white wind turbines on gray sand near body of water

Getting Started In The Wind Industry: Seth Bryant

white wind turbines on gray sand near body of water
Photo by Kervin Edward Lara on Pexels.com

Green.Org sits down with Seth Bryant, a site manager at The Green Recruitment Company, shares his experience getting started in the wind industry.

Tell us a little bit about you and your background: 

I entered the wind industry in 2006, from the traditional electrical/ construction industry, not knowing what to expect but willing to take a chance. I started at the bottom as a traveling wind technician for a small company in South Dakota. I found success early by being willing to go wherever the company I was working for needed me to go and do whatever they needed me to do. At that time the wind industry was desperate for experienced people and I was fortunate to gain a lot of experience at a very rapid pace. All my experience from 2006-2009 was contract work and gave me the ability to work with amazing groups of professionals across the country and from around the world. I went from being an entry level wind technician to a commissioning lead within a couple years. When the economy changed in 2009 I transformed myself within the industry and began sourcing and selling older used wind turbines and components, and performed contract consulting for a few small projects domestically and internationally.

In 2011, for personal reasons, I took my first permanent position and moved to Wyoming. That job was the first titled leadership position that I was able to obtain. Since then I have consistently been in leadership roles in operations and construction, furthering my career through constant learning and goal setting. I went back to contract work about 3 years ago and have been working to broaden my experiences at a higher level through various roles from Construction Management to being an Owners Representative. I am currently in the process of obtaining my PMI-PMP credential to further my career in renewable energy and continue to have an amazing time in an industry that I feel is absolutely the most rewarding work I have ever done. I look forward to the future of my career and being a part of an industry that I truly believe in.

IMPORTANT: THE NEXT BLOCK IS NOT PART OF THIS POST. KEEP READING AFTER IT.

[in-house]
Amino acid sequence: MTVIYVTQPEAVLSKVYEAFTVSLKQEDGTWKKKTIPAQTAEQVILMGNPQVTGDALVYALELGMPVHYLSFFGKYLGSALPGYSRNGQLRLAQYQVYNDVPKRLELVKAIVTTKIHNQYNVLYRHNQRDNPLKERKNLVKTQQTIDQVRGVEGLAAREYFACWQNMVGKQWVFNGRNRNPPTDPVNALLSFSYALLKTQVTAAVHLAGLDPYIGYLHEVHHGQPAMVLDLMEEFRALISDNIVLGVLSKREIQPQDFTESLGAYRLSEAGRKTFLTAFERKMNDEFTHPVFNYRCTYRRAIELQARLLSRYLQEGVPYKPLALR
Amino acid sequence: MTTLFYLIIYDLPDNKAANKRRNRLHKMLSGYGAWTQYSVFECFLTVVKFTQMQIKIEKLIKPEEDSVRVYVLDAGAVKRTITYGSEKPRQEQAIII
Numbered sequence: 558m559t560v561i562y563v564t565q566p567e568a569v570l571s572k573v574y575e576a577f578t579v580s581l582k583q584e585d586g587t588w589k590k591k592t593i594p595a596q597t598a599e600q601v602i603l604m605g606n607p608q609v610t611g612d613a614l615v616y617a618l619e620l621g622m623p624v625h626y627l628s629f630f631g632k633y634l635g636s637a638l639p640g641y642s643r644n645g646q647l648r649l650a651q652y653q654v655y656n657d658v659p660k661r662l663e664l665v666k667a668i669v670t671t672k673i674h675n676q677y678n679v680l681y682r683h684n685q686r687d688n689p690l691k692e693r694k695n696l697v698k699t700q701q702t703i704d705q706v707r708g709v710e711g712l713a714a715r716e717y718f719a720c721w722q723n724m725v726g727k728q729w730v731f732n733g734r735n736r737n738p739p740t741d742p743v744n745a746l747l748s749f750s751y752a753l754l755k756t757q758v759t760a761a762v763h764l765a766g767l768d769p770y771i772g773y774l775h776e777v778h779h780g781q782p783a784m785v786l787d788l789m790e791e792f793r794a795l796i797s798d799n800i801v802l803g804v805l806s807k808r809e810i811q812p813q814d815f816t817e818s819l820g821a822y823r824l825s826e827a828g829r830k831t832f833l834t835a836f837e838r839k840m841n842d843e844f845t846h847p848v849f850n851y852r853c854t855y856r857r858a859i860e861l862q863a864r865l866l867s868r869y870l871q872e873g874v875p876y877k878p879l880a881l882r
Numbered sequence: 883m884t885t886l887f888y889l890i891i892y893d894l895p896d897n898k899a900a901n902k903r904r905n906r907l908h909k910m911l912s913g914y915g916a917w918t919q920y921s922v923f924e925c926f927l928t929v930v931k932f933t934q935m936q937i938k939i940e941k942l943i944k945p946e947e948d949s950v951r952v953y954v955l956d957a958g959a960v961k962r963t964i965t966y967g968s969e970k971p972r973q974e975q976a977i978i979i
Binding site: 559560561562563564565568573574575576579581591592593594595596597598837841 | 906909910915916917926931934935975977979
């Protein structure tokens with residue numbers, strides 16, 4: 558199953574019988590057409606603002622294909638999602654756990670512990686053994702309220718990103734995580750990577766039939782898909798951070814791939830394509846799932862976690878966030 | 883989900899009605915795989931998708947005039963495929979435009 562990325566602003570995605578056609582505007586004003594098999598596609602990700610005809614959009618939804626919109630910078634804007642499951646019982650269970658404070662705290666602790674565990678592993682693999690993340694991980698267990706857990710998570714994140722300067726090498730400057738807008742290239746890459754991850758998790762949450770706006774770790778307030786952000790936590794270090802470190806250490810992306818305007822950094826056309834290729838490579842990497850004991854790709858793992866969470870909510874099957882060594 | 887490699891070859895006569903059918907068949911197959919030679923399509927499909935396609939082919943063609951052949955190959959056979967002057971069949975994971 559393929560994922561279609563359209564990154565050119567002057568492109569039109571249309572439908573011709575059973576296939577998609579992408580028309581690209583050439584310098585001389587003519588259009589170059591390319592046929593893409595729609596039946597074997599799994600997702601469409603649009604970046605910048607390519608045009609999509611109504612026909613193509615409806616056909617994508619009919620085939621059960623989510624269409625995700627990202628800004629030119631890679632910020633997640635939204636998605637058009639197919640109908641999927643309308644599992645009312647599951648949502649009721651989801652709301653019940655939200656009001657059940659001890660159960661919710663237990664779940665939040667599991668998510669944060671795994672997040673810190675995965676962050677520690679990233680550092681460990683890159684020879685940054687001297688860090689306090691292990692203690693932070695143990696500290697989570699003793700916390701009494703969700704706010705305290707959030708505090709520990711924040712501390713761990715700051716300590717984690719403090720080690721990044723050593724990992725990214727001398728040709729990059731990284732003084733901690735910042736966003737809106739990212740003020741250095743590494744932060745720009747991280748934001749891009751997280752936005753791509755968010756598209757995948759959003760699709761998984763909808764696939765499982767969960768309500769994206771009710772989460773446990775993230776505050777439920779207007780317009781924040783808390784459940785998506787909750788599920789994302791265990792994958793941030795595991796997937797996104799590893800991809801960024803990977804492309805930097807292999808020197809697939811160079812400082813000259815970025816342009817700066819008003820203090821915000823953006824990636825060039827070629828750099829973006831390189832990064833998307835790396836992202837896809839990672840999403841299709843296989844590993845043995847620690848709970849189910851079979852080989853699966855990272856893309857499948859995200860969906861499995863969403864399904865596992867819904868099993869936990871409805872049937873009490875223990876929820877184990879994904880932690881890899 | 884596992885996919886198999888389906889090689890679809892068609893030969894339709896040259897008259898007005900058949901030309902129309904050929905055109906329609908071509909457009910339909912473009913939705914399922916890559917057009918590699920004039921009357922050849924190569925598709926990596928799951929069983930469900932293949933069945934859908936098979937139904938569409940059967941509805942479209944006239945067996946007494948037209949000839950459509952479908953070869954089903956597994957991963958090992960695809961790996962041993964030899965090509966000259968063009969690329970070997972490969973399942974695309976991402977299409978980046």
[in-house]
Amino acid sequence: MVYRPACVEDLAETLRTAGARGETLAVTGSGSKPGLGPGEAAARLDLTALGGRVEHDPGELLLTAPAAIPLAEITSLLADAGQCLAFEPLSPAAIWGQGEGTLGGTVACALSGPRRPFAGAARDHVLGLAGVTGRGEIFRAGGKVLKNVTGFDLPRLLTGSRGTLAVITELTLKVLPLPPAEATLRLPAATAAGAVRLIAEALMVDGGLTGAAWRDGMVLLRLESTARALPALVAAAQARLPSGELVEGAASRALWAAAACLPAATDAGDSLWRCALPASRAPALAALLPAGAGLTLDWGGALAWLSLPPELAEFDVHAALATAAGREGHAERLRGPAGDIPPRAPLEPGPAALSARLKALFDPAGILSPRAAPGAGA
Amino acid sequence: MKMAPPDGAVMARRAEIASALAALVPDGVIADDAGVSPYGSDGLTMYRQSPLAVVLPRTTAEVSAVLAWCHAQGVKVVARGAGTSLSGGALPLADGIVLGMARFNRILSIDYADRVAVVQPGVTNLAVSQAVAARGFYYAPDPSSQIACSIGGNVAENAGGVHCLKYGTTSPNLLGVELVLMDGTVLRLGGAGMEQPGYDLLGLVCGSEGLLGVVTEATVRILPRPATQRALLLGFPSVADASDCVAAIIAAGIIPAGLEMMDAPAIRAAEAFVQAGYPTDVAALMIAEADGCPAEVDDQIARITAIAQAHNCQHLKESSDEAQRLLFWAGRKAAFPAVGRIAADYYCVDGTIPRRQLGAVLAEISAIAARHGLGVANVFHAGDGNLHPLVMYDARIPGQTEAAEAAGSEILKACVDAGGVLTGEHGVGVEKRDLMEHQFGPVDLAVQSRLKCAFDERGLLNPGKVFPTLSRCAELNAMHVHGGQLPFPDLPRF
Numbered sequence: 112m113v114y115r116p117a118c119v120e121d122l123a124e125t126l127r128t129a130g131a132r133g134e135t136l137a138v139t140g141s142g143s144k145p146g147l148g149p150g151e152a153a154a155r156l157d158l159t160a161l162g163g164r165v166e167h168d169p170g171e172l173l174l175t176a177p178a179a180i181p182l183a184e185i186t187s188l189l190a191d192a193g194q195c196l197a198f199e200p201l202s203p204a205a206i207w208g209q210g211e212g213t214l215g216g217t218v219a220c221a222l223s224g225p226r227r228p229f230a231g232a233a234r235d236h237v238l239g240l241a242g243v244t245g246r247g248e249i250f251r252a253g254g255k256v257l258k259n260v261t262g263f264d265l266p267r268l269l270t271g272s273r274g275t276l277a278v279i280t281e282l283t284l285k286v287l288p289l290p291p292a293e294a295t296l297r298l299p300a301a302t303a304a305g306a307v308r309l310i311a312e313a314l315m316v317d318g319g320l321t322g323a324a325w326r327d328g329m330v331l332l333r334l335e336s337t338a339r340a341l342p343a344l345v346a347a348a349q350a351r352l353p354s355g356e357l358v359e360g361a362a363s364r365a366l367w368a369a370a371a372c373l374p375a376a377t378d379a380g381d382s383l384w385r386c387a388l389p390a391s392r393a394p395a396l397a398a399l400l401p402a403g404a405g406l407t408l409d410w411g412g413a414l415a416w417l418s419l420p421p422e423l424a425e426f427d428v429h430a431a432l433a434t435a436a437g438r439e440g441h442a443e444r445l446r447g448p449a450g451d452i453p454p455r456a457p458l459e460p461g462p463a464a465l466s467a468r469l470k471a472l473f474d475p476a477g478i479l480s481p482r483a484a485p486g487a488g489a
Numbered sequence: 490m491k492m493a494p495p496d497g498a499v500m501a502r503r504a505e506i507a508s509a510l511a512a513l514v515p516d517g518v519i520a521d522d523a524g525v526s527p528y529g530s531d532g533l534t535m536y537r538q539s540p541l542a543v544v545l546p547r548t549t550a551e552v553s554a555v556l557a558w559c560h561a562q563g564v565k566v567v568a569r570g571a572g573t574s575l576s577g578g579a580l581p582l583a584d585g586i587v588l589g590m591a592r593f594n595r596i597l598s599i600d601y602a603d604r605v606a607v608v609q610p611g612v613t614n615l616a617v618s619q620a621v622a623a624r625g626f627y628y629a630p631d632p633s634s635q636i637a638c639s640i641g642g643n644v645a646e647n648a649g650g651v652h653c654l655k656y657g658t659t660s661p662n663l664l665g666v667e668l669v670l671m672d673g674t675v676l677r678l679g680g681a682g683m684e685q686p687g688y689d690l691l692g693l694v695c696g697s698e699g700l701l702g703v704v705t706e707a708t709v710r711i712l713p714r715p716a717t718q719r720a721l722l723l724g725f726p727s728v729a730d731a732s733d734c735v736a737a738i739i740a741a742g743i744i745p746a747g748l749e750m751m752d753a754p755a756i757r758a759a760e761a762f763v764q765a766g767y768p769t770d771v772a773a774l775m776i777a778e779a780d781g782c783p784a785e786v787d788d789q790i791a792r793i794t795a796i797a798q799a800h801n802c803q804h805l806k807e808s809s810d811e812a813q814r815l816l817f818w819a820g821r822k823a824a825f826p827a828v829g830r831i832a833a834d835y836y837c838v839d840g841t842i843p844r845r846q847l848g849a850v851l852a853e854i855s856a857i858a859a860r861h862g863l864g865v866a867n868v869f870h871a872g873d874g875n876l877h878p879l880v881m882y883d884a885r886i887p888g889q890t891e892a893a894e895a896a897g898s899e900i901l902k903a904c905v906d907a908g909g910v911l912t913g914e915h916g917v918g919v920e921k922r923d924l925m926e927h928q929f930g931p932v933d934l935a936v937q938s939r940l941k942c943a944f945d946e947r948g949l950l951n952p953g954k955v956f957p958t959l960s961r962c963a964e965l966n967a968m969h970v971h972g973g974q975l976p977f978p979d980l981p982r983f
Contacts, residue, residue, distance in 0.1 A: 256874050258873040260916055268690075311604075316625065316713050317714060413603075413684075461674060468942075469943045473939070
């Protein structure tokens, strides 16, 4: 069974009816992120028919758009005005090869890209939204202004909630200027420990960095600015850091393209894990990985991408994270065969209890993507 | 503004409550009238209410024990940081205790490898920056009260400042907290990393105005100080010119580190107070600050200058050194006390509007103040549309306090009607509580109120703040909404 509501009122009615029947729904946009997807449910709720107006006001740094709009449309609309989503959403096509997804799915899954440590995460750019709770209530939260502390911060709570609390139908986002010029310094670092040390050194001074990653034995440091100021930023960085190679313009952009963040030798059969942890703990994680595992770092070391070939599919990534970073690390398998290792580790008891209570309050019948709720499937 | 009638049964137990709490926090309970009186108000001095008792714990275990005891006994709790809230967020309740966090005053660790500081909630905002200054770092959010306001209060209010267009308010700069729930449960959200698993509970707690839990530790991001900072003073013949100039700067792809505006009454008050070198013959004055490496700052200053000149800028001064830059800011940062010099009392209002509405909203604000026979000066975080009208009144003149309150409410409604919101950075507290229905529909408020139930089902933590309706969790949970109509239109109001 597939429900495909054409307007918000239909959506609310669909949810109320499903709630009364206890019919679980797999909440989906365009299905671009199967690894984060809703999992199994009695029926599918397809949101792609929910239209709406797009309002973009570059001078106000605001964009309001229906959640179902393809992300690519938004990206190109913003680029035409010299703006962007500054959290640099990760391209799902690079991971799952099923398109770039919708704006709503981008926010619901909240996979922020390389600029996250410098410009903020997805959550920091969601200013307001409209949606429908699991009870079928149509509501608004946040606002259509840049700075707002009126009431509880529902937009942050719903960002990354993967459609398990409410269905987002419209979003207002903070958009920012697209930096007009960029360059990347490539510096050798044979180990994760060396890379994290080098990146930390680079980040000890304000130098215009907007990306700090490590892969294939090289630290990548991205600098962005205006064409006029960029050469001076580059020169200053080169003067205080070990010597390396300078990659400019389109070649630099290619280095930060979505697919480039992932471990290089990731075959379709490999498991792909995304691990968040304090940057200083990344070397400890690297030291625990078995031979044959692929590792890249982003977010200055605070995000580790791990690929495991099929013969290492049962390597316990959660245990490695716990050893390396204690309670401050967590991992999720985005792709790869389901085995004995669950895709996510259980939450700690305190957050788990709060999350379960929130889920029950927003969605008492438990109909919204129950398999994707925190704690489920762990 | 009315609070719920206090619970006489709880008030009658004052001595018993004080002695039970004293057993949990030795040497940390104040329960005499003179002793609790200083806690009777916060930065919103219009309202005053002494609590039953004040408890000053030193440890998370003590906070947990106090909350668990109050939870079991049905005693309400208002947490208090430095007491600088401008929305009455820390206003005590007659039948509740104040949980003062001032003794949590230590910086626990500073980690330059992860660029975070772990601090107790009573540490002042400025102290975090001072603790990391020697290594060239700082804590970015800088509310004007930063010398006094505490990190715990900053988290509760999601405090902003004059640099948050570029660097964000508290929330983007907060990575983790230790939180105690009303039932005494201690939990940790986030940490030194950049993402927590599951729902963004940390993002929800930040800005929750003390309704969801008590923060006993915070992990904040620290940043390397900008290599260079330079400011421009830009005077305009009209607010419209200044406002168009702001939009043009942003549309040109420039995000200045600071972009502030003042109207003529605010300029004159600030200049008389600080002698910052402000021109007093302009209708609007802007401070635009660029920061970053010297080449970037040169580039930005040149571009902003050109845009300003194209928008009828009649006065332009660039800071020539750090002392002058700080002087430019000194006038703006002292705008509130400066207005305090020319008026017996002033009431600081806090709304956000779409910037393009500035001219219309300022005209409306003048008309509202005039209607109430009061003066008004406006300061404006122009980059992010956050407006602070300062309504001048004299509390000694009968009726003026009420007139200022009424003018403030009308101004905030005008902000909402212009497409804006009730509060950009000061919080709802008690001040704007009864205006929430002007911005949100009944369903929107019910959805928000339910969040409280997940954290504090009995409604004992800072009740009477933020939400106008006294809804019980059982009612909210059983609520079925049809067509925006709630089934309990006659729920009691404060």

What is a fun fact about you?

I solo backcountry hunt with a bow exclusively on public lands. Usually for a week at a time. I try to go as often as possible, usually about 5 times a year.

Why do you think climate change and sustainability is such an important topic today? 

In my opinion it is critical to our future and the future of our children’s children. The fact is that the population is continuing to grow and that means we will be utilizing resources at a much faster pace. Sustainability has to be a large part of the conversation to come up with a unified and executable plan to meet the needs of our communities and country on multiple levels. Energy, water, and food supply issues are some of the most important parts of the needs but how to sustain the pace and meet the needs without unnecessary waste, to me, needs to be part of the overall equation. It is a matter of national security, and should be inalienable rights to all Americans. Change in the climate is a real thing, I can certainly see the effects of it through my travels across the country and the conversations I have with ranchers and farmers in every community I visit. In many places I’ve been the winters are lighter and there is not enough snow pack for the melt into the reservoirs. In other places the summers are hotter and dryer than they have ever been before and there is not enough grass growing to feed cattle, or rainfall to grow crops. This is obviously a huge issue for our food supply.

What do you envision your industry looking like 10 years from now?

10 years from now I envision the US having a robust offshore wind farm community. I would also imagine seeing another round of wind farms being repowered with updated equipment, like we’ve seen in the past few years. I also see the wind industry continuing to accomplish the sustainability initiatives they have already put into place through improved processes in multiple areas, further reducing the overall cost of energy and helping to lower power costs to end user customers.

What can the average person do to make a difference?

Get involved at your local level. Support renewable energy projects that can benefit your community, support local farmers and ranchers, support protecting wild lands and wild places that provide us with clean water and clean air, and understand that many of the resources we enjoy are or can become finite. Don’t waste.

Seth, thank you for sharing your experience Getting Started In The Wind Industry

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Dylan Welch
Dylan Welch is the CEO and Host of Going Green, a podcast, website, and social media brand that highlights renewable energy, cleantech, and sustainable news.
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